I shouldn’t have left article writing to the last hour of the day. Every time I do that I regret it. I was tired, struggling to concentrate and writing was the last thing my brain wanted to do. I waited all day for this peace and quiet, finished all the household chores, to write this article, and here I was, just wanting to curl up in the bed with a book.
I was not sleepy. In fact, I stayed up for another two hours watching a movie.
I am a night owl. I am supposed to work best at nights.
Yet my brain was categorically saying no to writing.
Why was it so?
I can do editing, diary, and journal writing at night but when it comes to writing fresh content I struggle.
Is there another factor in play other than the time of the day?
Apparently there is and it is called energy.
In psychology, energy is defined as an ability or willingness to engage in cognitive work. Just like physical work needs an optimum energy level, so does mental work. Our Brain needs a lot of fuel (oxygen and glucose) to carry out the mental work. And when these fuel levels get depleted we experience mental fatigue.
The most common symptoms of mental fatigue include mental block, lack of motivation, irritability, and stress eating.
For many people the energy levels are at their peak in the mornings. As they go through the day they steadily burn energy stores as they tackle various tasks. Even mindless tasks consume energy.
Others might experience peaks at mid-mornings, afternoons, evenings, or even at midnight.
Night owl might be able to stay awake late at night but they will only be able to tackle high energy tasks only if their energy is also at the peak at the night time.
We don’t need to practice time management, we need to learn energy management.
Not every hour of the day is same in terms of energy level. Basically we have three energy levels – peak, middle and low.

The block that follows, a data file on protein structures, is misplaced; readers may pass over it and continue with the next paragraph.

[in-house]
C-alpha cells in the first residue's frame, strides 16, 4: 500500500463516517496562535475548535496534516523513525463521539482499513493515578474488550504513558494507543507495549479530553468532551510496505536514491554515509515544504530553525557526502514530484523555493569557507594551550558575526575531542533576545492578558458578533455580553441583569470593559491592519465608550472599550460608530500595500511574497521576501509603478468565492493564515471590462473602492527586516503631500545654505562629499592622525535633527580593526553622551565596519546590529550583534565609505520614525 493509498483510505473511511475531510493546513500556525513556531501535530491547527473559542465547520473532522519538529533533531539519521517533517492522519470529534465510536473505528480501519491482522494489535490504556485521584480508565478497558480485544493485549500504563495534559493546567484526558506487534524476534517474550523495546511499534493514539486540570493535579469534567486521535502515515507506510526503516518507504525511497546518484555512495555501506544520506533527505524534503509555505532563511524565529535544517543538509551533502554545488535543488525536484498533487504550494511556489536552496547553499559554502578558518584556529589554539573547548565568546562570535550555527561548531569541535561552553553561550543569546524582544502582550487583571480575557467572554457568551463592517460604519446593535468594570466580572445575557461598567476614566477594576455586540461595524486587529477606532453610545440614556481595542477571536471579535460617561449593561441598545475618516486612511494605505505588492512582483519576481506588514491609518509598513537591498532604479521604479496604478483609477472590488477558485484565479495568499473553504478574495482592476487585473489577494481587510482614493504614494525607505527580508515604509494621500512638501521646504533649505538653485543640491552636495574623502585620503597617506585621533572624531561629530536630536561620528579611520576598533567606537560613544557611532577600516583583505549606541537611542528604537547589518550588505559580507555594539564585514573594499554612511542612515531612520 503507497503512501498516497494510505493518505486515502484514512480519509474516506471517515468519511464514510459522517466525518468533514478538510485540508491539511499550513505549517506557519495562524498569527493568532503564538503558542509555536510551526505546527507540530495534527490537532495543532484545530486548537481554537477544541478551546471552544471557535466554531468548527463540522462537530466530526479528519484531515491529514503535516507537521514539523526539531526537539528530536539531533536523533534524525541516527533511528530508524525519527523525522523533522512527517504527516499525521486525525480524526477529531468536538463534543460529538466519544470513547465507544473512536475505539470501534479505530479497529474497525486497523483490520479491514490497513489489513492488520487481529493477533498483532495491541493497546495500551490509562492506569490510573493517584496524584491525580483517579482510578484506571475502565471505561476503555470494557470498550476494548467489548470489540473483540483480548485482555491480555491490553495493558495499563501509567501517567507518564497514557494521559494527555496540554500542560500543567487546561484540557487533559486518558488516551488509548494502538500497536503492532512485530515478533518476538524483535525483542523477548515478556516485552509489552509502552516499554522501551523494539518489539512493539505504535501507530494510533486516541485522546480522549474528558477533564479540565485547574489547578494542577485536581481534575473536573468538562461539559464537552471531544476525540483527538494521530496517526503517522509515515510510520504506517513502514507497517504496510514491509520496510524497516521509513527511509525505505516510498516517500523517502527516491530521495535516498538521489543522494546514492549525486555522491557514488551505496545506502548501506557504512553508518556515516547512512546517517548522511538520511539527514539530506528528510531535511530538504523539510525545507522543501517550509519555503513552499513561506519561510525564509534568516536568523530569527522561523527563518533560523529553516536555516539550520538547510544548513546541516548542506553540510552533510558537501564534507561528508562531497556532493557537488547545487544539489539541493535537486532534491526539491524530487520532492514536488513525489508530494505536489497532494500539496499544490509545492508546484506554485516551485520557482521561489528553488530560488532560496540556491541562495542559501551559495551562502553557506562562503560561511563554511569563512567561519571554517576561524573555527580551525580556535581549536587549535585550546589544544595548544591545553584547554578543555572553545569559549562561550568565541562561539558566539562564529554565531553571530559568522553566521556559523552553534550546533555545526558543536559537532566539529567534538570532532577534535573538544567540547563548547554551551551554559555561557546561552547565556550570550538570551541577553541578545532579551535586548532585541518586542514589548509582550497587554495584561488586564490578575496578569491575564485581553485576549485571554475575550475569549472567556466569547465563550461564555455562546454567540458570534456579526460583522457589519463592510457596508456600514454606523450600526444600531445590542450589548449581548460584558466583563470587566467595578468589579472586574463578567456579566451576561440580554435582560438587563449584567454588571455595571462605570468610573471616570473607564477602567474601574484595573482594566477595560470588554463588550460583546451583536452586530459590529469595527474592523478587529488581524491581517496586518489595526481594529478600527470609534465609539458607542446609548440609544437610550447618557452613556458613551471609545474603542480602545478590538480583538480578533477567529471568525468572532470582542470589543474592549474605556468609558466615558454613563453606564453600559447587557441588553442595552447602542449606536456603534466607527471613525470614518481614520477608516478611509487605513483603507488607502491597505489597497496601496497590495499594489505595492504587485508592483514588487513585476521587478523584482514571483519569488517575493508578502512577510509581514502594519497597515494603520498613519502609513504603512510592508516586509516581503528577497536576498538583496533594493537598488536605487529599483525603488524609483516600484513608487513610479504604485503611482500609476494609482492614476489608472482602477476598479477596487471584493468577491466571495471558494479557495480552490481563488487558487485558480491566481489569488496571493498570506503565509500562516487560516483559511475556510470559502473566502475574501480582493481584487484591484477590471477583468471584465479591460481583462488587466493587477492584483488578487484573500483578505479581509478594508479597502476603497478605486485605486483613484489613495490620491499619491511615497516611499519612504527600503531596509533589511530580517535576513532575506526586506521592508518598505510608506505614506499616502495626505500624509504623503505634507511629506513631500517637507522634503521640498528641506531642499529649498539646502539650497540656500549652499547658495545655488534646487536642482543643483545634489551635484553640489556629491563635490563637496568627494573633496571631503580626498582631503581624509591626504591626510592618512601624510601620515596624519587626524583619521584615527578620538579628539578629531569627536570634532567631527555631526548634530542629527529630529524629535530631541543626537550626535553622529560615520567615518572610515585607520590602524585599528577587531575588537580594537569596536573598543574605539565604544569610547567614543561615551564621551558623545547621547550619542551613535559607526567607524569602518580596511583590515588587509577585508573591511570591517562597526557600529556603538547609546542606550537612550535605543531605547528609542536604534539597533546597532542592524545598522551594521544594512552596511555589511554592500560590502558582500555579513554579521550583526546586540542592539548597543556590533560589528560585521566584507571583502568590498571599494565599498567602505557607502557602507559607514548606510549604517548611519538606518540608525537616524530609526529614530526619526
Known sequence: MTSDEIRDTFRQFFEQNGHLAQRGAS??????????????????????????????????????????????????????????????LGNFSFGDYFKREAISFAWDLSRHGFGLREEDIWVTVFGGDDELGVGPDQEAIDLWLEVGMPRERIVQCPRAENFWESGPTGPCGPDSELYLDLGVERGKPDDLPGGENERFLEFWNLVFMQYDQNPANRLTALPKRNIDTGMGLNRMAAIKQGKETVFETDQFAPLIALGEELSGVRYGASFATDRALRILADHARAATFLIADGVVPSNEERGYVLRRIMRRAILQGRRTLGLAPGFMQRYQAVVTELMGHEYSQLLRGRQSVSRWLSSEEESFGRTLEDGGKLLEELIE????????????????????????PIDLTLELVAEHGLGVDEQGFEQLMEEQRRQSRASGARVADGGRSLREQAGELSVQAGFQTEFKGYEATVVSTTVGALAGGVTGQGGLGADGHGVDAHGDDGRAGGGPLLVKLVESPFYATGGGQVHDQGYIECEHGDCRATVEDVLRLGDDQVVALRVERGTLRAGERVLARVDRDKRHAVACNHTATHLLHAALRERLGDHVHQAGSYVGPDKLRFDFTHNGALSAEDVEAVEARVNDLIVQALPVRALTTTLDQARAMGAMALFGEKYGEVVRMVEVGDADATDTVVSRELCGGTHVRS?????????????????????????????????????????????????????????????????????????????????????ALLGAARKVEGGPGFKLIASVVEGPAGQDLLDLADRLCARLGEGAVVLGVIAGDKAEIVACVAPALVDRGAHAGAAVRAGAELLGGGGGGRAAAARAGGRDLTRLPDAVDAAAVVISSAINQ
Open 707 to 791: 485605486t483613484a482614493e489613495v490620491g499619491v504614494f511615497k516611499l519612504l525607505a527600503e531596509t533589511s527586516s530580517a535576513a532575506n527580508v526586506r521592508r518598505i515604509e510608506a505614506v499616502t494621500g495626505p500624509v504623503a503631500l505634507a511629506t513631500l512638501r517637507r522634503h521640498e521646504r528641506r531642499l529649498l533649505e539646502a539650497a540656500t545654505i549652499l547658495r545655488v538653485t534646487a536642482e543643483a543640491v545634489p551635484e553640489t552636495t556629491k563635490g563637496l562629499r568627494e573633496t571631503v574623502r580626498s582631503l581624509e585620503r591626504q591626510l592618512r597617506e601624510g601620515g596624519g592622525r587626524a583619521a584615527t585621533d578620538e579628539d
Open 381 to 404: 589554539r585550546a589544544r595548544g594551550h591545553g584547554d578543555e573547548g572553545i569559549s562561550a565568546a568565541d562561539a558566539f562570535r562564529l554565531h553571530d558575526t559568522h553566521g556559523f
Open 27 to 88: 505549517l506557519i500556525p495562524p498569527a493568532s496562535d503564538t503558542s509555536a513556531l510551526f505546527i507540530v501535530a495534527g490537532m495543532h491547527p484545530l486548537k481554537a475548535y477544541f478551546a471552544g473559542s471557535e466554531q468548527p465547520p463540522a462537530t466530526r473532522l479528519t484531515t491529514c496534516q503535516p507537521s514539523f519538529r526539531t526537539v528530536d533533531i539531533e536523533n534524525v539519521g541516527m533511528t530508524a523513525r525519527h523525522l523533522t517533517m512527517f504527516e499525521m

All those tasks that require high energy input should be done when our energy levels are at their peak. So some of us it first thing in the morning for others it is in the middle of the afternoon.
Writing is high energy-consuming activity. Leaving it for the time when my energy levels were low was the reason I was feeling blocked. The next morning I was able to finish the article within half an hour.
When is our energy level at its peak?
Scientist says it is it’s roughly 2-4 hours after we wake up. Our brain has gone through all the previous day’s information and filed it appropriately. It has plenty of fuel (oxygen and glucose )and it is ready to do the work that requires lots of concentration.
That is the reason most of the writers write in the morning. Maria Popova of Brain Pickings created an interesting visualization depicting the correlation between wake-up times, literary productivity and major awards of 37 writers whose wake-up times were available.
Mason Curry studied the daily rituals of writers for years and wrote about it in his blog. Eventually, he published a book Daily Rituals, in which he has presented the routines and working habits of 161 creative minds, among them – novelists, poets, playwrights, composers, painters, philosophers, and scientists. It is packed with anecdotes about getting up super early, staying up super late, drinking heroic amounts of coffee, taking precisely timed naps and long daily walks, and much more.
So what time of the day is best for writing?
When your energy levels are at their peak. And it is different for different people. Usually, it is 2-4 hours after you wake up.
Create a schedule to maximize those hours and make sure not to waste them on the tasks that can be done when middle or low energy levels.